Asteroid Hunting
Bruce L. Gary, Hereford Arizona Observatory (G95)

Overview

Asteroid hunting, or trying to discover an asteroid that's not already cataloged, is a big challenge for anyone using a telescope with an aperture smaller than 20 inches. This generally acknowledged wisdom, while true, does not mean that someone with only a 14-inch telescope can't discover an asteroid. The smaller telescope just means that the search will be "labor intensive" in both observing and image analysis compared with using a larger telescope for which observing and image analysis are relatively stratightforward. This web page explains what must be dealt with by the small telescope user wishing to try for an asteroid discovery.

I have two purposes in creating this web page: 1) explaining a thing helps me understand it better myself, and 2) having spent a lot of effort to derive an insight into relevant factors that should influence an observing and data analysis strategy, I want to share these insights with other amateurs who might be floundering the way I have with the same problem.

The Goal

The Minor Planet Center, MPC, requires that for two dates, preferably one or two days apart, positions of a candidate new asteroid be submitted that can "link" together with ressiduals of no greater than 1.5 "arc for all positions. Although magnitude estimates are not required it will be helpful for you as an observer to know how you're performing (SNR and residuals) for the magnitude range where you should be searching. As explained in the next section, you need to be capable of measuring the positions of asteroids fainter than 20th magnitude since almost all brighter asteroids have been cataloged.

Undiscovered Asteroid Statistics

There are more than a million asteroids already cataloged with known orbits and approximate brightnesses. A model for asteroid size distrribution and orbit sizes has been used to create a model for the total number of asteroids (discovered plus undiscovered) that are present in the night sky. This is shown in the next figure. Figure 1. Total number of asteroids versus brightness at the standard distance of 1 a.u. (for opposition illumination and viewing).
Numbers at the top are approximate magnitude at opposition (assuming a typical main belt orbit). Data from Bidstrup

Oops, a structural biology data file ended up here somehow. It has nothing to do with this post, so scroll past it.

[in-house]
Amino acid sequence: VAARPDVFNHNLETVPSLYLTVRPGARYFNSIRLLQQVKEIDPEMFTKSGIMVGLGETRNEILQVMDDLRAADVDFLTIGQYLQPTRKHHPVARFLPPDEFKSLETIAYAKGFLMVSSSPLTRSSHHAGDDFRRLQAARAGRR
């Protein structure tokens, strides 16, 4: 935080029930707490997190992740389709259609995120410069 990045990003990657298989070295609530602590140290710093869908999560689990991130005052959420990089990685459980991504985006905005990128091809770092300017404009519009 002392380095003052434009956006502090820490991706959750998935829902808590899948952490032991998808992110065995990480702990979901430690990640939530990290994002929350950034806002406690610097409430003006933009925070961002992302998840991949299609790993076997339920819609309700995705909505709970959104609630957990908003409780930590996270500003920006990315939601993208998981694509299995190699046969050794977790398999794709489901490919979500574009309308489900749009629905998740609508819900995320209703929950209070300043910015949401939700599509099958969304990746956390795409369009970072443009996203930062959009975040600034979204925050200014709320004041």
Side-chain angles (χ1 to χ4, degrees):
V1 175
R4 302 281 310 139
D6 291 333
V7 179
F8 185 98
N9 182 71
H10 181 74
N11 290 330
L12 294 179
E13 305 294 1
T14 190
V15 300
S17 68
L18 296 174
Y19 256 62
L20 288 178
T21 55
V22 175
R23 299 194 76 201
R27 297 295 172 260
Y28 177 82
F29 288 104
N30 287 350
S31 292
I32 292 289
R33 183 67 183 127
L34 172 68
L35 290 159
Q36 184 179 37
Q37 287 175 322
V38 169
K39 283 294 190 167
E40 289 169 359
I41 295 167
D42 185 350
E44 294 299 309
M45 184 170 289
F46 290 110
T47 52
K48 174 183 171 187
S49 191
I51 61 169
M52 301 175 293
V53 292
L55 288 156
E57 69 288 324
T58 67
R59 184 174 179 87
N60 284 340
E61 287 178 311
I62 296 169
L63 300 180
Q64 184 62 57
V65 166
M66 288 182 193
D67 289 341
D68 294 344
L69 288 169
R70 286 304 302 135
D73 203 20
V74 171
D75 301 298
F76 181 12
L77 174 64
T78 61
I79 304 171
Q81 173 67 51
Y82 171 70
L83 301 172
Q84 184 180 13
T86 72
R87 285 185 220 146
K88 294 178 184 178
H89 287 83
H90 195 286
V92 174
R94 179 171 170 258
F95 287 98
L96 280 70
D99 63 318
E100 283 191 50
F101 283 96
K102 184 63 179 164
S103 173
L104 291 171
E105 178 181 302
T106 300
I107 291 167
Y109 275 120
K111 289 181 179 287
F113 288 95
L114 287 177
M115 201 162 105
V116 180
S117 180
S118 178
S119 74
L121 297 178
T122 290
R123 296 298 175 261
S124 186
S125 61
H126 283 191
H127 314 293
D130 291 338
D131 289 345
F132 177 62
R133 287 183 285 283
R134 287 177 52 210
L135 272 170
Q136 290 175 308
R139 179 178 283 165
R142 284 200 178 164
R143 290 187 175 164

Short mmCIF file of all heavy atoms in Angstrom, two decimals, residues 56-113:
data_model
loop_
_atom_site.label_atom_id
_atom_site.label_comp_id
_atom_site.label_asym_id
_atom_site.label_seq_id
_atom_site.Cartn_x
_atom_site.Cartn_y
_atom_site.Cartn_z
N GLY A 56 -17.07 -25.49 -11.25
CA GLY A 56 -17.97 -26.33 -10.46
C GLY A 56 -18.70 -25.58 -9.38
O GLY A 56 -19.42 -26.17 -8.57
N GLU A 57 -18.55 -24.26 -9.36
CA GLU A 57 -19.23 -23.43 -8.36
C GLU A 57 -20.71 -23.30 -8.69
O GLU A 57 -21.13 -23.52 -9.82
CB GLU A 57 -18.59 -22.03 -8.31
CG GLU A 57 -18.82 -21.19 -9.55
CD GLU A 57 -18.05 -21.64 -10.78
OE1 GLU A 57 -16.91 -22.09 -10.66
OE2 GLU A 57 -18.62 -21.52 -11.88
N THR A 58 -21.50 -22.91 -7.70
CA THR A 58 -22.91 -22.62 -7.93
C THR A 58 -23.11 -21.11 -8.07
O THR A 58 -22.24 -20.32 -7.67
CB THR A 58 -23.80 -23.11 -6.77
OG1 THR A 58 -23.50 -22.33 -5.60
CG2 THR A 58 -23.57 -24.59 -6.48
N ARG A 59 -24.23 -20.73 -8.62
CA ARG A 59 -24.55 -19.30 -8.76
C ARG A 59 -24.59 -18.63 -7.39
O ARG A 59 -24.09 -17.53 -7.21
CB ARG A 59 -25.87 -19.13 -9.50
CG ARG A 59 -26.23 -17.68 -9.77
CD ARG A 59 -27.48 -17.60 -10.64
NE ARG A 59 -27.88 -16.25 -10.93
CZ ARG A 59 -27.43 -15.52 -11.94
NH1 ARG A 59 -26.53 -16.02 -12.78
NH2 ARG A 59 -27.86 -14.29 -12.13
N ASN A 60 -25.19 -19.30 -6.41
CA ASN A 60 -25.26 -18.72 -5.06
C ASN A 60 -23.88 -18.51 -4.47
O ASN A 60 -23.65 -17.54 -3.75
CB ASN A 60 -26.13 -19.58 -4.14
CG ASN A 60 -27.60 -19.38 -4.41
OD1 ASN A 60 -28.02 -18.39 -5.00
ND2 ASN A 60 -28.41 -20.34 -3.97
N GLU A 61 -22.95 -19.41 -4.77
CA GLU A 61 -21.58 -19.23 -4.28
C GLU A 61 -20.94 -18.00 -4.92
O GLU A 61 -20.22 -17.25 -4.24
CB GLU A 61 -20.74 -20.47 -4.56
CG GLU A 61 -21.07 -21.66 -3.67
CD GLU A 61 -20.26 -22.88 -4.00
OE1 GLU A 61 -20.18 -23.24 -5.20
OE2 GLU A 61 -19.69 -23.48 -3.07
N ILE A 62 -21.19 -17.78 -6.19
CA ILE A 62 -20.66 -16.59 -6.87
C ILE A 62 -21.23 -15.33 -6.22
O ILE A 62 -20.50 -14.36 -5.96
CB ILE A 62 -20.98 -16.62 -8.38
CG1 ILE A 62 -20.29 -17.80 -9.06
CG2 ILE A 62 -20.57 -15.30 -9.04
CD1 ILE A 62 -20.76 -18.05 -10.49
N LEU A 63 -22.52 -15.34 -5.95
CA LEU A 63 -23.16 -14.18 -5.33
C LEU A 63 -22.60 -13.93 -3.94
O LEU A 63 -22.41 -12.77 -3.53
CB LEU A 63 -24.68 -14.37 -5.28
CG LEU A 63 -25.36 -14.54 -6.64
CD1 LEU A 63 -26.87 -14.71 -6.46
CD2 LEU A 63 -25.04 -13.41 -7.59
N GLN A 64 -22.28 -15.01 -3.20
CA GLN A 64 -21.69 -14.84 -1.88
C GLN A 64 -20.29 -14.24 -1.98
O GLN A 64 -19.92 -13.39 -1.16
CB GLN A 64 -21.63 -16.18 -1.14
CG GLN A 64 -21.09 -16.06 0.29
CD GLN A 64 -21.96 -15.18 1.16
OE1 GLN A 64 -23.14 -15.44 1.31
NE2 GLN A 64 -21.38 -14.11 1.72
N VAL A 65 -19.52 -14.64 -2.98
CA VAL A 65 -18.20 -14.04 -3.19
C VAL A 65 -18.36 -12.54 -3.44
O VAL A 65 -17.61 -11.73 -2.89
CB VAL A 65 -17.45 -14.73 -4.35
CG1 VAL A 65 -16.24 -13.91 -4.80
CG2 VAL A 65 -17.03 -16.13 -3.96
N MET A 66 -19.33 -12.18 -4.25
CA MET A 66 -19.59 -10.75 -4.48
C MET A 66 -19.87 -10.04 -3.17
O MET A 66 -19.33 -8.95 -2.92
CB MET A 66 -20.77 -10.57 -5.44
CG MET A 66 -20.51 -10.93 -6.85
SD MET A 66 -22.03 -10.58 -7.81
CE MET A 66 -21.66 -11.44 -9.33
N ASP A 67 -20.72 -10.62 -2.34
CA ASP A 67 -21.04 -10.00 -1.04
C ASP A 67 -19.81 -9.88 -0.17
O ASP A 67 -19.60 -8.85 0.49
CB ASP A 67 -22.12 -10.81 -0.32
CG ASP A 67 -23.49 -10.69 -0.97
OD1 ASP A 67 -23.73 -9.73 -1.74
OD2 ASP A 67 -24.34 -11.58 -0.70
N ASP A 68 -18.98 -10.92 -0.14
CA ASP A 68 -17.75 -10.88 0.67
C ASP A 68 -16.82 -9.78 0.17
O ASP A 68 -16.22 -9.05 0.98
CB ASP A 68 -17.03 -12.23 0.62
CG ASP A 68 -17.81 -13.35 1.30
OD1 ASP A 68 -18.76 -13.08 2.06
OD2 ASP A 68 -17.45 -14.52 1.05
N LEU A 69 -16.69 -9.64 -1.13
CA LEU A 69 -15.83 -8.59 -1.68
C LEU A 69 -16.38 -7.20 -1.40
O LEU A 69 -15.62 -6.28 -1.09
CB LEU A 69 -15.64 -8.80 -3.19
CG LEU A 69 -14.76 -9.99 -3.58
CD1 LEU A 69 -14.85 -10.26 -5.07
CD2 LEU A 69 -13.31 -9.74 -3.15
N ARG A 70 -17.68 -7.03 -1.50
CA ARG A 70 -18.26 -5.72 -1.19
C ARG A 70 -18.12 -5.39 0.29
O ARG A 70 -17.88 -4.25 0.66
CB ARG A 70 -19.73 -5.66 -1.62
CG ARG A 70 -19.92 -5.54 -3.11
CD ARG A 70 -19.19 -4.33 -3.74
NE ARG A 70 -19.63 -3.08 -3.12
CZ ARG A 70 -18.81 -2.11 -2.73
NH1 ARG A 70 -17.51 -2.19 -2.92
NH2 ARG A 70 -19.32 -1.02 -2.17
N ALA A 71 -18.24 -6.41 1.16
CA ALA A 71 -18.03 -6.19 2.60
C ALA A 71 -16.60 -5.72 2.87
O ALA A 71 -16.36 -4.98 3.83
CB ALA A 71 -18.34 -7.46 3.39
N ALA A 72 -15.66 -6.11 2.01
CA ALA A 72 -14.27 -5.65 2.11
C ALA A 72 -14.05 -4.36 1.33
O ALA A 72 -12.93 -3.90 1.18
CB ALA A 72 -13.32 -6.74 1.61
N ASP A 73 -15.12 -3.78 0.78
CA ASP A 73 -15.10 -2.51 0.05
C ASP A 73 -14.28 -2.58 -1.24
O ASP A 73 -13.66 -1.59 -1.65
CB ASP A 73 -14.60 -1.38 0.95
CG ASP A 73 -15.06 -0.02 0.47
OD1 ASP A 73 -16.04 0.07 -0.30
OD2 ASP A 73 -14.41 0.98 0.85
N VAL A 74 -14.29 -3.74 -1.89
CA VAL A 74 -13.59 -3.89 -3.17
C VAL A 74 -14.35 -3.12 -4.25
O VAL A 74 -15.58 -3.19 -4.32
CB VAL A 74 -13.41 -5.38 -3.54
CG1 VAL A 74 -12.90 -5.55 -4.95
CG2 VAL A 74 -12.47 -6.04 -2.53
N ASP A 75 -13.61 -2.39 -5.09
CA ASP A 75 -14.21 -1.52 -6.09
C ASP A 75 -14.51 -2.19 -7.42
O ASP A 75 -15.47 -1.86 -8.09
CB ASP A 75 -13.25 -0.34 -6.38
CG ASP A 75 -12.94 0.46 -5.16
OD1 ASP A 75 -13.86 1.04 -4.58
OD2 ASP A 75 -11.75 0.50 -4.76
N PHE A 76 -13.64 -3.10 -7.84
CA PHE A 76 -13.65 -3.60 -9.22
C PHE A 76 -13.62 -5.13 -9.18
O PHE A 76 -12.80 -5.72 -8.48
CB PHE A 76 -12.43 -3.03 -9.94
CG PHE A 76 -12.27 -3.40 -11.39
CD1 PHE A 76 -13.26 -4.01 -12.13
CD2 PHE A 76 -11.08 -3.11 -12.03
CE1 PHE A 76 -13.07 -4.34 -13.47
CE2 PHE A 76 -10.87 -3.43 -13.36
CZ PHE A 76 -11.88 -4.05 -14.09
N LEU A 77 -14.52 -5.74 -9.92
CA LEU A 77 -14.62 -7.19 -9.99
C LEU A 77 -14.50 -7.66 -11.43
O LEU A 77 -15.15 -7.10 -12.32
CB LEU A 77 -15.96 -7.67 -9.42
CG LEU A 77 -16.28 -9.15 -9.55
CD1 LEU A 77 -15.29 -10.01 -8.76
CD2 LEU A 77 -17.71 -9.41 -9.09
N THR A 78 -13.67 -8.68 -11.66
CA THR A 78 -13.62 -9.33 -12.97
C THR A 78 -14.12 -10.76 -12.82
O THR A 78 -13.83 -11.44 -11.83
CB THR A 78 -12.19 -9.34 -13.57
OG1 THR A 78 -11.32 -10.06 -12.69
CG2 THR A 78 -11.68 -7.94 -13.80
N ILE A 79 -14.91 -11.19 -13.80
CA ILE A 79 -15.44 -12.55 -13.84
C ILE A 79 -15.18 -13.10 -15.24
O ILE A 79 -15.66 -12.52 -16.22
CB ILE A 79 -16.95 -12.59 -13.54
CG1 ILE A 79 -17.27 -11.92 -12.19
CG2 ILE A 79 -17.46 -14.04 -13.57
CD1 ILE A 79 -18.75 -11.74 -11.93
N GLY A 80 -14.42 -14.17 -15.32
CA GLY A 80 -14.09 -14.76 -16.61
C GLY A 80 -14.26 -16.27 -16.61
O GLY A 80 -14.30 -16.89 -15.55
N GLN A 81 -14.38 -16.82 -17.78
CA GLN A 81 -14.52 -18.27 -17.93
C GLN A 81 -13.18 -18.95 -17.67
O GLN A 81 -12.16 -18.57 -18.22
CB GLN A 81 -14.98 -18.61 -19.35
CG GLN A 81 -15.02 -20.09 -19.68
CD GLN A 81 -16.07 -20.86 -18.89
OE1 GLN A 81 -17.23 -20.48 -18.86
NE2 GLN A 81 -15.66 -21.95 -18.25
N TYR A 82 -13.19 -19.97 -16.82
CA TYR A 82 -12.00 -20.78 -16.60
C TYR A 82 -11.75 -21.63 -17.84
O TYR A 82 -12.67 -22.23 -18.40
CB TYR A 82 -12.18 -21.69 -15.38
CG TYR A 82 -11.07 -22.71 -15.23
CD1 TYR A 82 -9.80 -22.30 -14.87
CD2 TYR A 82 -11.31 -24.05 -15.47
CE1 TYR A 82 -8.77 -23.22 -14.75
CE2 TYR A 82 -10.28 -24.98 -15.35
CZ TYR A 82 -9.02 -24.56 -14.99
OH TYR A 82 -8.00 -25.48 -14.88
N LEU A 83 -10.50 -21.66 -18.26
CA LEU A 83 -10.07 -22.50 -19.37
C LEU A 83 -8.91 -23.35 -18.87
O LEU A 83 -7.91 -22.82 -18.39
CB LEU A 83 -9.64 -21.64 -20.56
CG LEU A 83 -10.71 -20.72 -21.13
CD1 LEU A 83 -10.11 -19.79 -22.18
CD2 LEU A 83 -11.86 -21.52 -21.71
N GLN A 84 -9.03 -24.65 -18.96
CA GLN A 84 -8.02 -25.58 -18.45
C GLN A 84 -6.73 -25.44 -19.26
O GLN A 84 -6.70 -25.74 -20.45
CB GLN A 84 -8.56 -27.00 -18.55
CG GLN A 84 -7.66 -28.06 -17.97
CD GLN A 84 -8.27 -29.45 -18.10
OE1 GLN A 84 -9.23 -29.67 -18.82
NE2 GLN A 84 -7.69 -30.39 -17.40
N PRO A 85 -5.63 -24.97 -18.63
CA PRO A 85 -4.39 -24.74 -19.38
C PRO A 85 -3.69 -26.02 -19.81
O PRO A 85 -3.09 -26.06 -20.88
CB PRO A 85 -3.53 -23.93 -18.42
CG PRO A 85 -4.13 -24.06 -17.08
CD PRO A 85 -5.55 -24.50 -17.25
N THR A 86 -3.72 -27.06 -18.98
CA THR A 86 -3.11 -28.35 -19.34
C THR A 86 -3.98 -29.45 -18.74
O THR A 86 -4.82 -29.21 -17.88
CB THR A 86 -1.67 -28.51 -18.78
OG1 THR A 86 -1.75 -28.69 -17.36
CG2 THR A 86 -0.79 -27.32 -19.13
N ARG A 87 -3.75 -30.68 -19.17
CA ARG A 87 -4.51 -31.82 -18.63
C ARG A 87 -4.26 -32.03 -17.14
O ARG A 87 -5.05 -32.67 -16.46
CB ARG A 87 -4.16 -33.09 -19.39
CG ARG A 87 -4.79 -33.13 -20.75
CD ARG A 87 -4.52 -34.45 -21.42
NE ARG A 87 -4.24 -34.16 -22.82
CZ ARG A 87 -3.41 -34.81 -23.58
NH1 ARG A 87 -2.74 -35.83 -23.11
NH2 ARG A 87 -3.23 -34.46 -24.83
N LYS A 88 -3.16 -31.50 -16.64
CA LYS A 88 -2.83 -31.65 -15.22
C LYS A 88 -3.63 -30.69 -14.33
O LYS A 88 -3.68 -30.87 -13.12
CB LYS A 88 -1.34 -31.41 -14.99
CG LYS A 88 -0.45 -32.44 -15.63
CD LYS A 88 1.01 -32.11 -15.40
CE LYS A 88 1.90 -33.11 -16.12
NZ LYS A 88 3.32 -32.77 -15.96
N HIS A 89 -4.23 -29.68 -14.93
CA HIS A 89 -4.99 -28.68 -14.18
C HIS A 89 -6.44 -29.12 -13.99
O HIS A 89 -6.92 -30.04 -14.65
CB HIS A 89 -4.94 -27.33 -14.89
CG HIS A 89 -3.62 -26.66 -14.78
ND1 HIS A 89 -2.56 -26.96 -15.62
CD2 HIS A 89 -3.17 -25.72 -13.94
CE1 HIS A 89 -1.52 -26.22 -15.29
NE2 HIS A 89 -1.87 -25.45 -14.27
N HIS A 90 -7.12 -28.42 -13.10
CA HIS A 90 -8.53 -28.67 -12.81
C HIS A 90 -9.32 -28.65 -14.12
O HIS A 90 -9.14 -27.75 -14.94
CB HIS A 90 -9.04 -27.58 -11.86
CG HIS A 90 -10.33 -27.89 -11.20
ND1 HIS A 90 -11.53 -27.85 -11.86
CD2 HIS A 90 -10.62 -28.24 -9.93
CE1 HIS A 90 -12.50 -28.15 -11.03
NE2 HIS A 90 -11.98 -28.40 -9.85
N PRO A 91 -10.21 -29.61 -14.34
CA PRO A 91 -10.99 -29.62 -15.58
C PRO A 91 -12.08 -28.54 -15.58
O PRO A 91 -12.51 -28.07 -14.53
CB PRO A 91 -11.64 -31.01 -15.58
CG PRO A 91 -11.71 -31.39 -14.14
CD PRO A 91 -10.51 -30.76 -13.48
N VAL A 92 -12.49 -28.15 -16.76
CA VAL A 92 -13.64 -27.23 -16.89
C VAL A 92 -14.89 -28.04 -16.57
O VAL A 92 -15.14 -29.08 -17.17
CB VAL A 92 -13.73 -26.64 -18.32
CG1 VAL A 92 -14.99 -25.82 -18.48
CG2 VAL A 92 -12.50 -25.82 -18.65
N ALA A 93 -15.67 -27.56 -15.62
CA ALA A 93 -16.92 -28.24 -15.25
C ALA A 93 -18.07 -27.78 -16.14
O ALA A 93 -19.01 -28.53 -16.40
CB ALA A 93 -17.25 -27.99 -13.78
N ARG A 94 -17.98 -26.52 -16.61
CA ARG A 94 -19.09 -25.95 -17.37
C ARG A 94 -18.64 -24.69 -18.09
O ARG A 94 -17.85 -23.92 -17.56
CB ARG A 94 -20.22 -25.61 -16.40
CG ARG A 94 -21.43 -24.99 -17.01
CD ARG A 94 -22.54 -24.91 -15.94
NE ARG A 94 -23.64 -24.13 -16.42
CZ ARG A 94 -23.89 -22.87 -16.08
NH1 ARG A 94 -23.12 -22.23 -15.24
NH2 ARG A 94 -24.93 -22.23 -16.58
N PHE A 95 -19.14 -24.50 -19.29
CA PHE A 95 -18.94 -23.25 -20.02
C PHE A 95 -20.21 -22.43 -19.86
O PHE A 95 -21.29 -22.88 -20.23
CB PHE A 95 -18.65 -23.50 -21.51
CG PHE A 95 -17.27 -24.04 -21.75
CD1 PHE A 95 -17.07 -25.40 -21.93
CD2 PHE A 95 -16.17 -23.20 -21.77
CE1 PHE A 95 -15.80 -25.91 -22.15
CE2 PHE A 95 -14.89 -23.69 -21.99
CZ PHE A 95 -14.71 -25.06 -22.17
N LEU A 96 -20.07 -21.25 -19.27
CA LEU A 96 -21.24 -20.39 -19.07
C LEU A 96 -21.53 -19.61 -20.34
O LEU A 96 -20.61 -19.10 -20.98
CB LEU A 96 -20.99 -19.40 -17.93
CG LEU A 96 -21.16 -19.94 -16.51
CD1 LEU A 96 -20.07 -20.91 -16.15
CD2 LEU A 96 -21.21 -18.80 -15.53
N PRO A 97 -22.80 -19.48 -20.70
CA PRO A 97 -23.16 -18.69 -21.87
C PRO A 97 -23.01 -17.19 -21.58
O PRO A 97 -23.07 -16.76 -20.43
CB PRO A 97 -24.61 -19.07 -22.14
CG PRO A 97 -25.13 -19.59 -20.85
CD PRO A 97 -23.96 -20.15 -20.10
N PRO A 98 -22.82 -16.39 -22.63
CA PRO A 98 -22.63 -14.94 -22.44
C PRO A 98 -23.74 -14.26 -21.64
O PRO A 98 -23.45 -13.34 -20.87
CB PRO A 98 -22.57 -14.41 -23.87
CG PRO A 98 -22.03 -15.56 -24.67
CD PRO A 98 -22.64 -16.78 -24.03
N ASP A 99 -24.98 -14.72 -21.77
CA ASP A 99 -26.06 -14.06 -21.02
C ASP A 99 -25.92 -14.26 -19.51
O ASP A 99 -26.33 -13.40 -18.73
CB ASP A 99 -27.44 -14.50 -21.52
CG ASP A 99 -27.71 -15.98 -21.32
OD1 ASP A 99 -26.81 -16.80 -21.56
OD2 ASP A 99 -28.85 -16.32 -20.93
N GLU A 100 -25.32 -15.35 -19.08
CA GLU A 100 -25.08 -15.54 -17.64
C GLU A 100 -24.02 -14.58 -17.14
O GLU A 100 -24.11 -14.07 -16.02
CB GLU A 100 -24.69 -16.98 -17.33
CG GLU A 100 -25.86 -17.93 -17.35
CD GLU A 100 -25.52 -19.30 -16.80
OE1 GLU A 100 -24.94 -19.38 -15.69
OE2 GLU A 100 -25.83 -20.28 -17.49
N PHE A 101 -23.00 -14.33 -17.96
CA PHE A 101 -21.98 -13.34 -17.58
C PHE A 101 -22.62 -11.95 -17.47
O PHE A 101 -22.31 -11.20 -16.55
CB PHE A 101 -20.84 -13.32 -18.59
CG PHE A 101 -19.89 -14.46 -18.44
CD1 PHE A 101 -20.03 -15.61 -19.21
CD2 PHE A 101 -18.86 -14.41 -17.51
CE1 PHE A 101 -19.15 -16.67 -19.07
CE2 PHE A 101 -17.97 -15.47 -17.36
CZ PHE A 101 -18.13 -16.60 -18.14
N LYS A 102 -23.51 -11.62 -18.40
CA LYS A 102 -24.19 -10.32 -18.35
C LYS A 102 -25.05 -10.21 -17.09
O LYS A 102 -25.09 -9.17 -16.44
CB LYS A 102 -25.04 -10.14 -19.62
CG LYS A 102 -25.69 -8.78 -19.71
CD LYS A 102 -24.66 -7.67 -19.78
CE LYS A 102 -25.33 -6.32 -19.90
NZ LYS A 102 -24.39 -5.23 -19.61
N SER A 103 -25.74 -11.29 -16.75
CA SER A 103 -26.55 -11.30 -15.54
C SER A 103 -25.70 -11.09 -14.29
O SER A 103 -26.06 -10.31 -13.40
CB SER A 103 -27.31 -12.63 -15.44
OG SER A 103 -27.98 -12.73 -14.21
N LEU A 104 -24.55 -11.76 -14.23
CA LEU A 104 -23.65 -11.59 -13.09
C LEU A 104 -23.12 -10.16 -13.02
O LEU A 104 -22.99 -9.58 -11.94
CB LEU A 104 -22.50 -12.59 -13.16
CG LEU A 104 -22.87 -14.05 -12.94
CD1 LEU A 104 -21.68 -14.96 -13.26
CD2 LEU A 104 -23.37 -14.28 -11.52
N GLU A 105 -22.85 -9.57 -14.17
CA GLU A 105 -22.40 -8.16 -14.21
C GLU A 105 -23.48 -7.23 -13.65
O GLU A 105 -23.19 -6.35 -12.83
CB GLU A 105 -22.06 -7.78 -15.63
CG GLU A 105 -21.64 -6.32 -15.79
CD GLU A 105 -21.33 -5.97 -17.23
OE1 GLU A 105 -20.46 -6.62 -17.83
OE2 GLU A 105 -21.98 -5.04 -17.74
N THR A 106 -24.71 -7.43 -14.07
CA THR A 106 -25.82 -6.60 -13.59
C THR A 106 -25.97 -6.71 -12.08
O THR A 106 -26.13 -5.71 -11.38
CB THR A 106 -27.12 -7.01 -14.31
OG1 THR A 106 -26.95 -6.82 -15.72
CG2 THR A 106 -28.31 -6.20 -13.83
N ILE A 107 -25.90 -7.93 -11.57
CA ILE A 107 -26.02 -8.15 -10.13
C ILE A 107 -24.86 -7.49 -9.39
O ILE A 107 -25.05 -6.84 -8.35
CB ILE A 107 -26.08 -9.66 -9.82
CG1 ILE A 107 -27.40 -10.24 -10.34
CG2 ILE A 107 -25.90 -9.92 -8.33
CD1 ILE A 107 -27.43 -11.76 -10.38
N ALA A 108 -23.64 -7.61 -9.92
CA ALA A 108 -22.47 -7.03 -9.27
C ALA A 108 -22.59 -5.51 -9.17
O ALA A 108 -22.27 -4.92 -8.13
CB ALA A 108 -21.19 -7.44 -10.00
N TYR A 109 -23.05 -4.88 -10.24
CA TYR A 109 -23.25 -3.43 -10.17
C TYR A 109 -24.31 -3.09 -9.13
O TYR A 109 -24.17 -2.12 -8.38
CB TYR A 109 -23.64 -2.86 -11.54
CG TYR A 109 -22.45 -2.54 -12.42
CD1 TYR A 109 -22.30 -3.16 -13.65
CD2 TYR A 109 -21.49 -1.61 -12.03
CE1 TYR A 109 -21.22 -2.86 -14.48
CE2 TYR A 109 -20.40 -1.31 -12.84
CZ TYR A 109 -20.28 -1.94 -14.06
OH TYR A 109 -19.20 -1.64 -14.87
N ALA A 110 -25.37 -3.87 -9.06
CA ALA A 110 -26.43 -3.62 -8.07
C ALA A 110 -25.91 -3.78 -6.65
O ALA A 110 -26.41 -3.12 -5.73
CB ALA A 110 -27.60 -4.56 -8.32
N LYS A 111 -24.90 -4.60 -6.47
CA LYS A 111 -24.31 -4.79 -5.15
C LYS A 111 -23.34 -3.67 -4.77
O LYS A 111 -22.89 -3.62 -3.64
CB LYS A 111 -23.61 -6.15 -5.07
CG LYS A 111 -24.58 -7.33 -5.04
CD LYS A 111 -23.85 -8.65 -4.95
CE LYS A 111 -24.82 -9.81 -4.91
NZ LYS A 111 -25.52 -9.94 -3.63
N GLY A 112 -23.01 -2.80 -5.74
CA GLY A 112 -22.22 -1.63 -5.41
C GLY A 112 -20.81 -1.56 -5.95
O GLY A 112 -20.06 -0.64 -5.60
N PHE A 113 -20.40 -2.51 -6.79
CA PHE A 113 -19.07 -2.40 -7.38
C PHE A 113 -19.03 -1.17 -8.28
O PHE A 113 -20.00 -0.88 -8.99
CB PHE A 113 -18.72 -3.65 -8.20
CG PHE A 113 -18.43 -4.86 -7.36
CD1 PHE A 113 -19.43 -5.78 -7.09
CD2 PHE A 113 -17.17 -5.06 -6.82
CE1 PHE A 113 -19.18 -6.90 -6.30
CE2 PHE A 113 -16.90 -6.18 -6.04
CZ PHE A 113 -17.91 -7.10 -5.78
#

et al (2004).

By comparing statistics for the already discovered asteroids with what would be expected using the model just referred to it is possible to estimate how many asteroids of any given size (brightness) remain undiscovered. This is shown in the next figure. Figure 2. Total number of "undiscovered asteroids" versus brightness at opposition (assuming a typical main belt orbit).

The number of undiscovered asteroids brighter than V-mag = 20 is less than one per 10 square degrees, and the number becomes vanishingly small for brighter asteroids. This is why the goal for discovery is to be able to detect and measure the position of asteroids fainter than 20th magnitude.

Notice that there's an approximate 10-fold increase in the number of undiscovered asteroids in going from V-mag = 20.0 to 21.0. The rewards for "going deep" are great. But so are the rewards for having a large field-of-view (FOV). As will be see below, striving for one payoff causes a loss in the other.

Limiting Magnitude

Limiting magnitude is usually defined as the V-magnitude of a point-source that produces a signal-to-noise ratio (SNR) of 3.0. As a practical matter when someone is asked to visually inspect an image and indicate an example of the faintest star in the image it will turn out toi have SNR of about 6, not 3.  The following figure shows limiting magnitude, ML, for a 14-inch Celestron. Figure 3. Limiting magnitude (unfiltered) versus total exposure time and FWHM ("atmospheric seeing"), derived empirically using an SBIG CCD and a clear filter. It is assumed that moonlight is not present (and there is minimal light pollution from nearby cities).

Notice that there's strong dependence of ML upon the half-power diameter of stars in the image (FWHM). Usually, FWHM is determined by "atmospheric seeing" but for a prime focus configuration, or a Cassegrain configuration with 2x2 or 3x3 binning, the value for FWHM may be so large that it is relatively unaffected by atmospheric seeing. For example, my Celestron at prime focus (using a Starizona HyperStar field flattening lens) produces star images that have FWHM ~9 "arc (7.2 "arc for the best seeing and 10 or 11 "arc for the worst seeing). At prime focus the image scale is 2.8 "arc/pixel, so even with perfect optics and no atmospheric seeing degradation the best possible FWHM would be ~5 "arc. Cassegrain configurations can employ a focal reducer lens for enlarging the FOV. With a 3.3x Celestron focal reducer attached to the back of the telescope the FWHM is typically ~3 "arc, whereas without the focal reducer it is typically 2.5 "arc. (My site is at 4650 feet altitude in Southern Arizona.)

In the figure the term "Exposure TIme" refers to the total exposure time of all images used to produce the image whose ML is being described. Every time an image is "read out" from a CCD "read noise" isadded to the noise that existed before read-out. Therefore, a one hour exposure will have a deeper ML than the combination of 60 one-minute images. Combining images can be done by averaging or median combining, and this choice will affect the final image's ML. These are some of the reasons that the slope of the lines in this figure do not agree with the theoretical slope that would exist for making just one exposure for the indicated time; instead, the slope is based on empirical data, using typical observing and image combining procedures.